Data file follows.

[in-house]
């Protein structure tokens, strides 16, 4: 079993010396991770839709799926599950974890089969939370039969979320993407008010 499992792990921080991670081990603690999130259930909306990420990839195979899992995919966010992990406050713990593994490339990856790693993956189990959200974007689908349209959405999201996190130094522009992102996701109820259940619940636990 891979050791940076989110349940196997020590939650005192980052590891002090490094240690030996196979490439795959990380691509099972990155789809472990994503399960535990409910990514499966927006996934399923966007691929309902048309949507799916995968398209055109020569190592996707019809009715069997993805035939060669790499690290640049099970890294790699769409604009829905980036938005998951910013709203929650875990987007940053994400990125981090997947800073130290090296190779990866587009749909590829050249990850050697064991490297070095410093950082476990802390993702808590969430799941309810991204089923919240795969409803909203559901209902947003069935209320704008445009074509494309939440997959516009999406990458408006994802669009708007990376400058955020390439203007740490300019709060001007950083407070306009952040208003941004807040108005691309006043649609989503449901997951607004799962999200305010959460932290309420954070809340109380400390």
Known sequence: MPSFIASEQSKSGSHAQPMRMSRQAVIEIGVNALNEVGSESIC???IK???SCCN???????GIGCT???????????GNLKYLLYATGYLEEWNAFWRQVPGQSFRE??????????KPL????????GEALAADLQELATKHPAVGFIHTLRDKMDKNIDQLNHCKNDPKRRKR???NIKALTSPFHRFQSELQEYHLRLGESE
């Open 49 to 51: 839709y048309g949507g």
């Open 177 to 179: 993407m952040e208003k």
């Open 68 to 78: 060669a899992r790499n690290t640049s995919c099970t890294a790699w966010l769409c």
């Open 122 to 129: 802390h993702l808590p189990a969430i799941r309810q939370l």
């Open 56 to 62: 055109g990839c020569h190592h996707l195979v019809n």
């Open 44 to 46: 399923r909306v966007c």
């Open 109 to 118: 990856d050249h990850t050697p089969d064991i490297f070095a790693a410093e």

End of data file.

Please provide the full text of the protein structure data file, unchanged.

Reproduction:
[in-house]
């Protein structure tokens, strides 16, 4: 079993010396991770839709799926599950974890089969939370039969979320993407008010 499992792990921080991670081990603690999130259930909306990420990839195979899992995919966010992990406050713990593994490339990856790693993956189990959200974007689908349209959405999201996190130094522009992102996701109820259940619940636990 891979050791940076989110349940196997020590939650005192980052590891002090490094240690030996196979490439795959990380691509099972990155789809472990994503399960535990409910990514499966927006996934399923966007691929309902048309949507799916995968398209055109020569190592996707019809009715069997993805035939060669790499690290640049099970890294790699769409604009829905980036938005998951910013709203929650875990987007940053994400990125981090997947800073130290090296190779990866587009749909590829050249990850050697064991490297070095410093950082476990802390993702808590969430799941309810991204089923919240795969409803909203559901209902947003069935209320704008445009074509494309939440997959516009999406990458408006994802669009708007990376400058955020390439203007740490300019709060001007950083407070306009952040208003941004807040108005691309006043649609989503449901997951607004799962999200305010959460932290309420954070809340109380400390």
Known sequence: MPSFIASEQSKSGSHAQPMRMSRQAVIEIGVNALNEVGSESIC???IK???SCCN???????GIGCT???????????GNLKYLLYATGYLEEWNAFWRQVPGQSFRE??????????KPL????????GEALAADLQELATKHPAVGFIHTLRDKMDKNIDQLNHCKNDPKRRKR???NIKALTSPFHRFQSELQEYHLRLGESE
């Open 49 to 51: 839709y048309g949507g």
């Open 177 to 179: 993407m952040e208003k």
């Open 68 to 78: 060669a899992r790499n690290t640049s995919c099970t890294a790699w966010l769409c």
């Open 122 to 129: 802390h993702l808590p189990a969430i799941r309810q939370l």
């Open 56 to 62: 055109g990839c020569h190592h996707l195979v019809n």
């Open 44 to 46: 399923r909306v966007c």
């Open 109 to 118: 990856d050249h990850t050697p089969d064991i490297f070095a790693a410093e």